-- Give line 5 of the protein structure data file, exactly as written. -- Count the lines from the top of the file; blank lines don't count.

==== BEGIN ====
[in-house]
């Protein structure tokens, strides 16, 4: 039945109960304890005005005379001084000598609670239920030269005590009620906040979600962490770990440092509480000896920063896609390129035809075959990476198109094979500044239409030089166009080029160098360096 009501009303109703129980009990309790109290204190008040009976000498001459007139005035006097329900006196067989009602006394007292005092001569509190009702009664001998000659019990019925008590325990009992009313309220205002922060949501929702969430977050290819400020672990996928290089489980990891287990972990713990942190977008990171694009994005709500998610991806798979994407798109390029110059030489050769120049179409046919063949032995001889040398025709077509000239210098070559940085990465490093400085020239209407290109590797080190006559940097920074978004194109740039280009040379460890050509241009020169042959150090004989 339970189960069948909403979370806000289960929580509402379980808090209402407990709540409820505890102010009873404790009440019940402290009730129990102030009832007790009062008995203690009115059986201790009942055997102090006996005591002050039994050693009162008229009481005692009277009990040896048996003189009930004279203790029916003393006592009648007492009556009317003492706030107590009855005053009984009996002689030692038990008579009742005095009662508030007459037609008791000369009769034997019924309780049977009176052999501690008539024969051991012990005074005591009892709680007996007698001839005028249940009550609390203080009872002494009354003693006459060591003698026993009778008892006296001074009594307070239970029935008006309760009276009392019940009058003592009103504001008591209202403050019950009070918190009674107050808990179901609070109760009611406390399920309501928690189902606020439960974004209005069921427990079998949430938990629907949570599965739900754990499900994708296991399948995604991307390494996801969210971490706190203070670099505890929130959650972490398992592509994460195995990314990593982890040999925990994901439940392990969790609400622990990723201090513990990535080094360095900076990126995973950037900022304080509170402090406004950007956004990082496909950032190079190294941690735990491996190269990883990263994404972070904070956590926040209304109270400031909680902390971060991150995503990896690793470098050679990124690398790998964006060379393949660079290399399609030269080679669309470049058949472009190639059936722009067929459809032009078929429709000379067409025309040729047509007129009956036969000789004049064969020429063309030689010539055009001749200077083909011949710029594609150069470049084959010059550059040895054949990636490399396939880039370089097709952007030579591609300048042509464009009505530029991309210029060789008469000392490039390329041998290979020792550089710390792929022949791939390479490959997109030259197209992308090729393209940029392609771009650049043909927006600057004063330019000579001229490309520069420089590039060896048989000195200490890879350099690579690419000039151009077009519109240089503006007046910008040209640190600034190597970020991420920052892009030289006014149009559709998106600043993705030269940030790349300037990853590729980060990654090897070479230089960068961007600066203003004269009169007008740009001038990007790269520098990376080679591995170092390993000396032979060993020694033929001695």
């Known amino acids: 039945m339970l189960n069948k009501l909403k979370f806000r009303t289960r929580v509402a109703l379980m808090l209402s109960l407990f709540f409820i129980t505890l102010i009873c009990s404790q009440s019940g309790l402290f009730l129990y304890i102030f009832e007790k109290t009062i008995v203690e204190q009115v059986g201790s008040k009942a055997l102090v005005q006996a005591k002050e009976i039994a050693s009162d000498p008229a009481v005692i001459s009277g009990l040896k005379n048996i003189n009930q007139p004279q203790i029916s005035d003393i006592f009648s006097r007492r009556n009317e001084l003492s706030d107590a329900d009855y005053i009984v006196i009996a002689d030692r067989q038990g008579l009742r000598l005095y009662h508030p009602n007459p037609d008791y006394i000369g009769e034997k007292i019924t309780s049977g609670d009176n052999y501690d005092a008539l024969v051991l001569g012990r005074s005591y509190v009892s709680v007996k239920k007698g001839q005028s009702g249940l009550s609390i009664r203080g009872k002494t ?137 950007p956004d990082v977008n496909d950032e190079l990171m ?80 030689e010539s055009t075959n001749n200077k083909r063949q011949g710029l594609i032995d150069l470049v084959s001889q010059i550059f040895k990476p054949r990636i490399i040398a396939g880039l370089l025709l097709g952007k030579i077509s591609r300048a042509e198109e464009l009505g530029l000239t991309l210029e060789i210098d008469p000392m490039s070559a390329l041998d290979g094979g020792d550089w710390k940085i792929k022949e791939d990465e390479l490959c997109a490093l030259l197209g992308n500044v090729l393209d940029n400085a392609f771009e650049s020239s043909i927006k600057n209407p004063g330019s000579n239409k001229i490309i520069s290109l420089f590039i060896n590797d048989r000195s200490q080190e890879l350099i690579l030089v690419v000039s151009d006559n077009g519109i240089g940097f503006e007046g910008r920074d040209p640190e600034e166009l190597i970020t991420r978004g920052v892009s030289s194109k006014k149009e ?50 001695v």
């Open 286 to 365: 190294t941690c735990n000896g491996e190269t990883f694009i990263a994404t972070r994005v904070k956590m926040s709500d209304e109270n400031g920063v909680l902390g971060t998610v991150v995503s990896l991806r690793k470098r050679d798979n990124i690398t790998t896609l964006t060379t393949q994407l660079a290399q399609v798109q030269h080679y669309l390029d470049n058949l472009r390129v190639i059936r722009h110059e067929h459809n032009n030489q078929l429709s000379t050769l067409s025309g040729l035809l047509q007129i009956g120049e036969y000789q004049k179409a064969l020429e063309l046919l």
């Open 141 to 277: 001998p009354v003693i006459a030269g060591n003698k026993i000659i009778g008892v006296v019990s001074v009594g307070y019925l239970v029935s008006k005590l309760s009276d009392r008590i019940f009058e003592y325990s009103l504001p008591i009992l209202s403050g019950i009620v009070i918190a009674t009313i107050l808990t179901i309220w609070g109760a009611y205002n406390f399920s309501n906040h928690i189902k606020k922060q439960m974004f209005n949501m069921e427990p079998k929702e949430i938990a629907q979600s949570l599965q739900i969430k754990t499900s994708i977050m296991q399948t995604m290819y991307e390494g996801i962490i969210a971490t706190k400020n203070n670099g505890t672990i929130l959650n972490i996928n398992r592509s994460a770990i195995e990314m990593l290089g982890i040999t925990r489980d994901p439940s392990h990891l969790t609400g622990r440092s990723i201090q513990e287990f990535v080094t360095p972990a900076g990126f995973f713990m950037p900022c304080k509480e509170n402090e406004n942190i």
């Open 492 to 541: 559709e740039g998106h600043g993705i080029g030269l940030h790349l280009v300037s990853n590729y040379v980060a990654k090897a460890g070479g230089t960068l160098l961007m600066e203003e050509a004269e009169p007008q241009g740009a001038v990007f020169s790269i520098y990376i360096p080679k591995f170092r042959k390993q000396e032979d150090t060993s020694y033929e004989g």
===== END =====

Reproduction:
């Open 141 to 277: 001998p009354v003693i006459a030269g060591n003698k026993i000659i009778g008892v006296v019990s001074v009594g307070y019925l239970v029935s008006k005590l309760s009276d009392r008590i019940f009058e003592y325990s009103l504001p008591i009992l209202s403050g019950i009620v009070i918190a009674t009313i107050l808990t179901i309220w609070g109760a009611y205002n406390f399920s309501n906040h928690i189902k606020k922060q439960m974004f209005n949501m069921e427990p079998k929702e949430i938990a629907q979600s949570l599965q739900i969430k754990t499900s994708i977050m296991q399948t995604m290819y991307e390494g996801i962490i969210a971490t706190k400020n203070n670099g505890t672990i929130l959650n972490i996928n398992r592509s994460a770990i195995e990314m990593l290089g982890i040999t925990r489980d994901p439940s392990h990891l969790t609400g622990r440092s990723i201090q513990e287990f990535v080094t360095p972990a900076g990126f995973f713990m950037p900022c304080k509480e509170n402090e406004n942190i």